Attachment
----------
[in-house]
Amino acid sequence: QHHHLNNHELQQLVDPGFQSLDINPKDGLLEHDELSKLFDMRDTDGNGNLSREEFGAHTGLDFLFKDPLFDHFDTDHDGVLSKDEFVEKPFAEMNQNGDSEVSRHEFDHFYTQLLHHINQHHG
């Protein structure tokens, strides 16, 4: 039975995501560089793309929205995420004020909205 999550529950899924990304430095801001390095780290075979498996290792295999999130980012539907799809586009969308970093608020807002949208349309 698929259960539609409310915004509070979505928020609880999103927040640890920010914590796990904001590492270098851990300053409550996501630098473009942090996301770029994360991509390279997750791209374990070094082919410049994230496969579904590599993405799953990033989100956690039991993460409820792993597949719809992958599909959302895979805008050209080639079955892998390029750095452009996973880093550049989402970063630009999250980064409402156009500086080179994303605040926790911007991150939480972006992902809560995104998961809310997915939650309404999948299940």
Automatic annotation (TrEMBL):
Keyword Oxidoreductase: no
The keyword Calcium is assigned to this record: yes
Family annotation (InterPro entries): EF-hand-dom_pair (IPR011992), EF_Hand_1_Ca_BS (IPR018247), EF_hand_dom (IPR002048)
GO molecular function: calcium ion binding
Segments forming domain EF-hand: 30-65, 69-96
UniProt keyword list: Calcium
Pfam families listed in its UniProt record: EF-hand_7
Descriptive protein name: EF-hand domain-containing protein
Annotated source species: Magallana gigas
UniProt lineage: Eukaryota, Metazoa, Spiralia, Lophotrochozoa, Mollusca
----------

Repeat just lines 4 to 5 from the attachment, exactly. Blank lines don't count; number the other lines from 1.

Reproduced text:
Automatic annotation (TrEMBL):
Keyword Oxidoreductase: no